It was only because of pressure exerted by my husband, Carl, that I decided I should probably have a speech ready for today’s celebration. And so here it is:
I first want to thank all of you for coming today. Those of you who know me know that I would much rather be busy behind the scenes instead of out front. I’m not one to give speeches, and I was thinking I’d ask you to “just read it on my blog!”
I read an article recently on the subject of musical bios, and someone said that they all fall into a predictable pattern:
So-and-so began music lessons at an early age; so-and-so went to This-and-That University and studied with This Teacher and That Teacher; So-and-so won this-and-that prize and has played in this-and-that festival. Blah, blah, blah.
So I decided to rewrite my own bio a little and thought I’d share it with you.
Since the age of thirteen, the one constant in Katherine Crosier’s life has been the organ. Even though she started piano lessons at age four, at age thirteen she was ready to quit. (She never practiced anyway, and sightread all of her lessons!) At that time her parents suggested that she switch to another instrument. How she picked the organ was a big mystery since she had never heard of, much less, heard, the pipe organ before. Her only experience with organ music was the aging Hammond at church.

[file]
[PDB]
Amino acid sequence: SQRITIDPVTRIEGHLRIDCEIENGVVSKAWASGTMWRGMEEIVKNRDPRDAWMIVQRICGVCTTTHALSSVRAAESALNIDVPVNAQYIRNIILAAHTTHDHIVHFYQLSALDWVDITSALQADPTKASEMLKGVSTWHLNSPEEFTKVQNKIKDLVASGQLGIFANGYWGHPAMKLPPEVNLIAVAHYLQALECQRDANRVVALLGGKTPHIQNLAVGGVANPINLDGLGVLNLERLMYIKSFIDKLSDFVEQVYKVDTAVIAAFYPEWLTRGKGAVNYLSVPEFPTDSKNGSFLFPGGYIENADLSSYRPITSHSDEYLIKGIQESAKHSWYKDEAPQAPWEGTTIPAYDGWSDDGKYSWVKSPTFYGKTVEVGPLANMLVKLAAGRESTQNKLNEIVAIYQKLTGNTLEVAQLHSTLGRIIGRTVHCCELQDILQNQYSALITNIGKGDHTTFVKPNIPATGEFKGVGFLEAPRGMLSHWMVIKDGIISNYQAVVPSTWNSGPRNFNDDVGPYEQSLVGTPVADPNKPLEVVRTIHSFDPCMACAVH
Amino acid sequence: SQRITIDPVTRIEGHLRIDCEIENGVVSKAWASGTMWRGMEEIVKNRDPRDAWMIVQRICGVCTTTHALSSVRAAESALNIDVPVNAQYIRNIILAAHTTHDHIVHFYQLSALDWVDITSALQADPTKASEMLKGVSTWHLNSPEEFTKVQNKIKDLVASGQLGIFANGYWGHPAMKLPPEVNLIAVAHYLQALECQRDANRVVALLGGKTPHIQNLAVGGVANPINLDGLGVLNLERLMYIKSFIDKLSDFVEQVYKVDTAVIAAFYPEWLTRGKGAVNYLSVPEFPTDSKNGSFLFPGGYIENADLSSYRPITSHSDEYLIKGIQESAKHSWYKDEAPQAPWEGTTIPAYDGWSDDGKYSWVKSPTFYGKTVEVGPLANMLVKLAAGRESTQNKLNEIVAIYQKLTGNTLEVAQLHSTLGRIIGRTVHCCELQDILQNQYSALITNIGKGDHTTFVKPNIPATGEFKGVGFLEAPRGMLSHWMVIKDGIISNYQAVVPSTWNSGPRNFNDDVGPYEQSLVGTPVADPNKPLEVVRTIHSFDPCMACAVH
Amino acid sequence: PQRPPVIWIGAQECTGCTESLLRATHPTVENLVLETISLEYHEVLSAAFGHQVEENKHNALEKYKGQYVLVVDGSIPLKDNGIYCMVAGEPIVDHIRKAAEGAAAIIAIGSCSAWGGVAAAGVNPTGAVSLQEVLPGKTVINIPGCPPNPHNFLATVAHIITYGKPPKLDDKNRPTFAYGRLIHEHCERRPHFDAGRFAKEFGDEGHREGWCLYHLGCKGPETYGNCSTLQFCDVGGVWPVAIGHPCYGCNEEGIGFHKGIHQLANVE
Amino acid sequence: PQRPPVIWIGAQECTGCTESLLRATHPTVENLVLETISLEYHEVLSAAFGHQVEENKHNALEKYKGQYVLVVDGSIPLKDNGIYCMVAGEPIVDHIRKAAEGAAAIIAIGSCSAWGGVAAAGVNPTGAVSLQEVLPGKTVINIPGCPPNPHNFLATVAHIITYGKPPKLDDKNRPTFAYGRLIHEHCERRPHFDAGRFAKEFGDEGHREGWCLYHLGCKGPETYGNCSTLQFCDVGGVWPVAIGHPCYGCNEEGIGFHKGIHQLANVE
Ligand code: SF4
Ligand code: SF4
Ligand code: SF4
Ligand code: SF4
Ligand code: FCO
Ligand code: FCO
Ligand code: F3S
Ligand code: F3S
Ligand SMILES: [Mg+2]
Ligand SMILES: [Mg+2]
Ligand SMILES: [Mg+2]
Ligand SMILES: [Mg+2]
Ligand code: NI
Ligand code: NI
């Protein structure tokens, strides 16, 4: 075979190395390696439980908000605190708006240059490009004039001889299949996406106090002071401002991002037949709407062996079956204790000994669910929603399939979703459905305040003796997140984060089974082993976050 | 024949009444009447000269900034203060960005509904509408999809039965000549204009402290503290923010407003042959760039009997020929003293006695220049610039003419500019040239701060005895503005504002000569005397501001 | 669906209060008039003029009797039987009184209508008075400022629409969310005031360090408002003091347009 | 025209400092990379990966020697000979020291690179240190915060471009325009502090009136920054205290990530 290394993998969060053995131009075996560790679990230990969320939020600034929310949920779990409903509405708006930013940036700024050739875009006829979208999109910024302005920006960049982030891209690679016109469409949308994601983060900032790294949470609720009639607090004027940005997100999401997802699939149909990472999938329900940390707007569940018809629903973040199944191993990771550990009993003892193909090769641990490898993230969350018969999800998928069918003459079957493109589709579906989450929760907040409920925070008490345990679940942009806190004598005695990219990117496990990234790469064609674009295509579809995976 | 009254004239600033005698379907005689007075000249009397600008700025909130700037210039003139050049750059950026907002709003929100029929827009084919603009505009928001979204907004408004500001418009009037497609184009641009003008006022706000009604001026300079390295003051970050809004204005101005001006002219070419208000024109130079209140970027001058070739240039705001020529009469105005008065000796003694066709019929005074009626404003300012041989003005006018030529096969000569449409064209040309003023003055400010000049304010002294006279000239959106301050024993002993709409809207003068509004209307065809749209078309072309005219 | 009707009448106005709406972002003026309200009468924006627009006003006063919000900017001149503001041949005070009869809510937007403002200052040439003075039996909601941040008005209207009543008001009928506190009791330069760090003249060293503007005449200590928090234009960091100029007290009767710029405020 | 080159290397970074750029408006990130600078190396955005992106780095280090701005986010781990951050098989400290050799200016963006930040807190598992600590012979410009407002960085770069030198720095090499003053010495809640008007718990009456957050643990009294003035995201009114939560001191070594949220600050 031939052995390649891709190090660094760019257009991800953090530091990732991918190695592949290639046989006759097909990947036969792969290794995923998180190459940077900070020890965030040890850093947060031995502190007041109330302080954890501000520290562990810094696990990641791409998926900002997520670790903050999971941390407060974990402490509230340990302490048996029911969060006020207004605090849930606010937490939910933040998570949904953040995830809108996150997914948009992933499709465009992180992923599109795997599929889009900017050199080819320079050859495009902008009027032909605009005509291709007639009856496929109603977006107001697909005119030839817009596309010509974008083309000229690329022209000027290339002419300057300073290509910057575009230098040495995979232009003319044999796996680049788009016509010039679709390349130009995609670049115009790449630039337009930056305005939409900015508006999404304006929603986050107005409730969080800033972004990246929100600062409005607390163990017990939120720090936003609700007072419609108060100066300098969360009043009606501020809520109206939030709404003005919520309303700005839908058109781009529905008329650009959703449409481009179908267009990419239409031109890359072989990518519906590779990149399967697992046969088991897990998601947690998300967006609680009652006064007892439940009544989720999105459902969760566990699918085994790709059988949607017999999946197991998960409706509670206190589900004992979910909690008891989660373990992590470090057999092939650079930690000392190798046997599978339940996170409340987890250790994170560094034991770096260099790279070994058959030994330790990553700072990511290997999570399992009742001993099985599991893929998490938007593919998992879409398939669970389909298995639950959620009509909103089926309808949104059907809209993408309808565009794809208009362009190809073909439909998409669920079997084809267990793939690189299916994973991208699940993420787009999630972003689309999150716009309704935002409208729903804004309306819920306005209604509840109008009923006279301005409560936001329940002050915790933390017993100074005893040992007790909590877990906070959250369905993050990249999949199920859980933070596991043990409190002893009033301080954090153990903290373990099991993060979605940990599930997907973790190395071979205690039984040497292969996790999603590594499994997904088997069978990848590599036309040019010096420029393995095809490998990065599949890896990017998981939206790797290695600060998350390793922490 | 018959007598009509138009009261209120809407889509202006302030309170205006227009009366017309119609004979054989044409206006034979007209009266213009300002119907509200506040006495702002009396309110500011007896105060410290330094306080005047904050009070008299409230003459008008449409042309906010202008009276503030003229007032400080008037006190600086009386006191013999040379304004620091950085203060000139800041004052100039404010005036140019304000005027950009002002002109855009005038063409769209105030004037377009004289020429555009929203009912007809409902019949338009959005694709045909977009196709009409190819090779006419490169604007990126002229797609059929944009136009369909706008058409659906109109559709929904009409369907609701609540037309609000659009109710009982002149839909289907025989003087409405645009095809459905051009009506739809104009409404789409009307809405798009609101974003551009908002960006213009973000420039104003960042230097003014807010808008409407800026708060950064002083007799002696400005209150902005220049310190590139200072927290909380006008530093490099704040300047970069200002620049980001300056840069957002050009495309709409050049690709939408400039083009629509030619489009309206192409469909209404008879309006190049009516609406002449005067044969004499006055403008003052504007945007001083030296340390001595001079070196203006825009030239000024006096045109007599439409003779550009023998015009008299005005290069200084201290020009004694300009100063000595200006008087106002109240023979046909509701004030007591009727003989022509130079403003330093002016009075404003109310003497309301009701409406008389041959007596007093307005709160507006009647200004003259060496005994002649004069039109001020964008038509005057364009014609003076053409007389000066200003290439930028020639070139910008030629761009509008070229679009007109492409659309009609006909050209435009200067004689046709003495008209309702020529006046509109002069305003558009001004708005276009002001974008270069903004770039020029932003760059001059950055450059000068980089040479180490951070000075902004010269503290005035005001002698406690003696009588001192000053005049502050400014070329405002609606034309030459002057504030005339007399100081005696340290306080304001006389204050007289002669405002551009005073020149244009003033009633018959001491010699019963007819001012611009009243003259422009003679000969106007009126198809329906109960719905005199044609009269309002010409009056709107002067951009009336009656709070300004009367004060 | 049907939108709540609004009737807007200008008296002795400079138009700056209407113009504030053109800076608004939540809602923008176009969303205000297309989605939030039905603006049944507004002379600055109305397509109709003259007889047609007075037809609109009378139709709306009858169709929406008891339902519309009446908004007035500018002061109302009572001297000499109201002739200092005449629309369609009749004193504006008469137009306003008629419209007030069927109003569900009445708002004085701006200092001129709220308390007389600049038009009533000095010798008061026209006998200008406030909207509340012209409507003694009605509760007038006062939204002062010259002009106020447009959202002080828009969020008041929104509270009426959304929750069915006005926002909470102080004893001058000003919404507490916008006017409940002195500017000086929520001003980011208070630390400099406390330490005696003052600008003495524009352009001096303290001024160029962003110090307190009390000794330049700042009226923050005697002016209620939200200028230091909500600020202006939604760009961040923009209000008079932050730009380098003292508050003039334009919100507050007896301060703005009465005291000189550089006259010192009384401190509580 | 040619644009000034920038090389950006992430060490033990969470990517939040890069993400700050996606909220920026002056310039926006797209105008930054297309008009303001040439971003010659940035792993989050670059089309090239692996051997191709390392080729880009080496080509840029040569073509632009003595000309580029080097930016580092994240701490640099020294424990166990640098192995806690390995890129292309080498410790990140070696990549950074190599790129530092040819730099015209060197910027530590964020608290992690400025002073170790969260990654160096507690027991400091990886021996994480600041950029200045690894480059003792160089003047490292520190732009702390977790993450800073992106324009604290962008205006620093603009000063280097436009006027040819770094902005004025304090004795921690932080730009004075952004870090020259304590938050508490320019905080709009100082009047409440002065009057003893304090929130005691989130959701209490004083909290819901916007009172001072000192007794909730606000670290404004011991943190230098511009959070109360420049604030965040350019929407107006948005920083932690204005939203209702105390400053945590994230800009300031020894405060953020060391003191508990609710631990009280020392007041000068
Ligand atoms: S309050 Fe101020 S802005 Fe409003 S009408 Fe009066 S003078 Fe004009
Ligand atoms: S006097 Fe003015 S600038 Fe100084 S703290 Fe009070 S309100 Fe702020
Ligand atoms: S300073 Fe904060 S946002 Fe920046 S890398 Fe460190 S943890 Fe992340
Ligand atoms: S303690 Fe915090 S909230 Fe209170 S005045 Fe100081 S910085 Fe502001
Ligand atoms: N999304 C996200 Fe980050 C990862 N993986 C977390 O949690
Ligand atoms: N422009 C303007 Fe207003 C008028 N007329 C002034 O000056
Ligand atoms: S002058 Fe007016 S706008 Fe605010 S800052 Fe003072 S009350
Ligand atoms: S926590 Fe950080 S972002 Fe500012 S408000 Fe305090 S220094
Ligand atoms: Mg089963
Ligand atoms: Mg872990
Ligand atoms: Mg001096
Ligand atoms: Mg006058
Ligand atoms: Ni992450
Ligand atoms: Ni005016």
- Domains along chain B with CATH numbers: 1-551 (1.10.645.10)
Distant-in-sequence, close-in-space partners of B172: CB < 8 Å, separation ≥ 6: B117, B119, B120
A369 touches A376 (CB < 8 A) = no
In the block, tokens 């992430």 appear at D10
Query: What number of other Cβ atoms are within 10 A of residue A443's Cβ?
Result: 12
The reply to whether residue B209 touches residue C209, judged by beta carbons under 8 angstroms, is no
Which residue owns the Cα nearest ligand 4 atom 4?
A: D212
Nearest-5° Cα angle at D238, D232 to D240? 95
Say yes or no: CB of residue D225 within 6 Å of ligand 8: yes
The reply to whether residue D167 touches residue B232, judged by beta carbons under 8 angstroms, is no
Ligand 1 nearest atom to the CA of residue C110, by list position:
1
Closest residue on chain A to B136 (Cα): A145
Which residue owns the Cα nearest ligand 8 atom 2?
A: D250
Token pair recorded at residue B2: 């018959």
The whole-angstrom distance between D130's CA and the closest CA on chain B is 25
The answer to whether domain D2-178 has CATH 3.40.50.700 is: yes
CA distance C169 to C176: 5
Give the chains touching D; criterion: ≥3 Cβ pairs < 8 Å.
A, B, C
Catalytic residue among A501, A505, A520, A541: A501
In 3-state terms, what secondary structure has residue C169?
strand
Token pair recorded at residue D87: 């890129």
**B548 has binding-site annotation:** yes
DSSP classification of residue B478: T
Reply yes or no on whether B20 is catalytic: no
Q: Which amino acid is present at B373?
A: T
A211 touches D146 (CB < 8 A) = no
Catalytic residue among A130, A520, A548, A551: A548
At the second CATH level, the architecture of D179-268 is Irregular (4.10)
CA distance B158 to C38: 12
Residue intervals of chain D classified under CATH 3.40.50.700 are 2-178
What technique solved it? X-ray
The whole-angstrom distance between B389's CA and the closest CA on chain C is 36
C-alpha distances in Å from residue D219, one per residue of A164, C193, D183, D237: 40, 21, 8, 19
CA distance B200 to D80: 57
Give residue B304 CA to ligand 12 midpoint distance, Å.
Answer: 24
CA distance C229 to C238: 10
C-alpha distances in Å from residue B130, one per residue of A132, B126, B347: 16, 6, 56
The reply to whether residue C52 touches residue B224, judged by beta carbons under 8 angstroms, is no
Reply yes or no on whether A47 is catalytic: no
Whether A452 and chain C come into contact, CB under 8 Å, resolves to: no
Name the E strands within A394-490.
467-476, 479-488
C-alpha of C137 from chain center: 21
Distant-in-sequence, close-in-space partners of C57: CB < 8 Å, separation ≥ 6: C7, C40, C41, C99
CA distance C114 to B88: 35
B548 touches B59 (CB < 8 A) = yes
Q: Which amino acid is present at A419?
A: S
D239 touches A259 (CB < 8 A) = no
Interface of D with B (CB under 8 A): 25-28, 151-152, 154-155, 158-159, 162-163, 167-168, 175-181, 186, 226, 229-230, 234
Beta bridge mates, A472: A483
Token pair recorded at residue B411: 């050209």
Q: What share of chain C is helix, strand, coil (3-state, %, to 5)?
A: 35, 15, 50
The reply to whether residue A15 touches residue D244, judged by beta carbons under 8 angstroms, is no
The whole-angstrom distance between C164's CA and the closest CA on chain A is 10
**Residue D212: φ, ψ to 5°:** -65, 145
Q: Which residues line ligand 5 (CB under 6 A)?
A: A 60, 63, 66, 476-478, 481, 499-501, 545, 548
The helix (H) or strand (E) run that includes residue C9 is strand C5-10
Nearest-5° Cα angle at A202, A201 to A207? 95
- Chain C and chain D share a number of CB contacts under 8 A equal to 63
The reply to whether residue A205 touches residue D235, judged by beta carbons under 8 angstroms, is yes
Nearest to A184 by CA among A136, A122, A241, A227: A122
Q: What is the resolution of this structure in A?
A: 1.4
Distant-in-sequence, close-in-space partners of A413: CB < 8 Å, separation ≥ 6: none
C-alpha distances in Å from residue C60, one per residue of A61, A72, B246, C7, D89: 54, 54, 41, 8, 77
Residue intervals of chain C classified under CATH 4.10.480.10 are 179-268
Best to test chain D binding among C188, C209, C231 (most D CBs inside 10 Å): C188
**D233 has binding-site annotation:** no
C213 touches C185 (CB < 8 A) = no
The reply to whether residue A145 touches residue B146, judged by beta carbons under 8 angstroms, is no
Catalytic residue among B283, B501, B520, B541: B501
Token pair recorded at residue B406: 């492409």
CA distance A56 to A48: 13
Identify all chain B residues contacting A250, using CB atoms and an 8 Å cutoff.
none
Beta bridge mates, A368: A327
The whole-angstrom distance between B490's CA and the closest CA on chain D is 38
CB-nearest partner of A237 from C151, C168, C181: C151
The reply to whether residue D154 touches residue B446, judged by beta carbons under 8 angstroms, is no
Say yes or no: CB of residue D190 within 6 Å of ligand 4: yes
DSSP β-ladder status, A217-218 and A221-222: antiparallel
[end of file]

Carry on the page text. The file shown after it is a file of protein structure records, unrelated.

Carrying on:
At various stages in her life, she’s been a secretary for a food company, a preschool secretary, a statistical typist (typing nothing but numbers eight hours a day), a handbell teacher with seventeen classes of handbells a week, a computer support specialist, a wedding coordinator, and a church office administrator. Her musical activities have included choral accompanying for groups such as the Hawaii Children’s Opera Chorus, St. Andrew’s Priory, and Hawaii Pacific University; She has been and continues as the chapel organist for Iolani School, and she completed nearly thirty-five years as organist of the Lutheran Church of Honolulu. However her greatest job has only been in the last three years, and that’s Queen of the Bloggers!
Someone once said, “Kathy, what are going to do when you grow up?”
Seriously, none of this could have been possible without the support of my husband, Oh Carl, as I call him, who has been my greatest teacher of all. There are so many other people to thank for this day — Carol Langner, Frank Haas, Mary Fastenau, Pastor Fritz — I don’t know who else was responsible since I wasn’t in charge!
I would like to close with a quote about Claude Balbastre which I wrote about on my last Christmas Day service. Dr. Charles Burney wrote that he “performed in all styles in accompanying the choir. When the Magnificat was sung, he played likewise between each verse several minuets, fugues, imitations, and every species of music, even to hunting pieces and jigs, without surprising or offending the congregation, as far as I was able to discover.”
Reflecting back on my nearly 35 years of service at LCH, and the millions upon millions of notes I’ve played, I’m hoping that I can be remembered for the same: “without surprising or offending the congregation.”
Or, as the great Lutheran organist, Paul Manz, wrote:
I have just been the organist. Thank you for letting me play.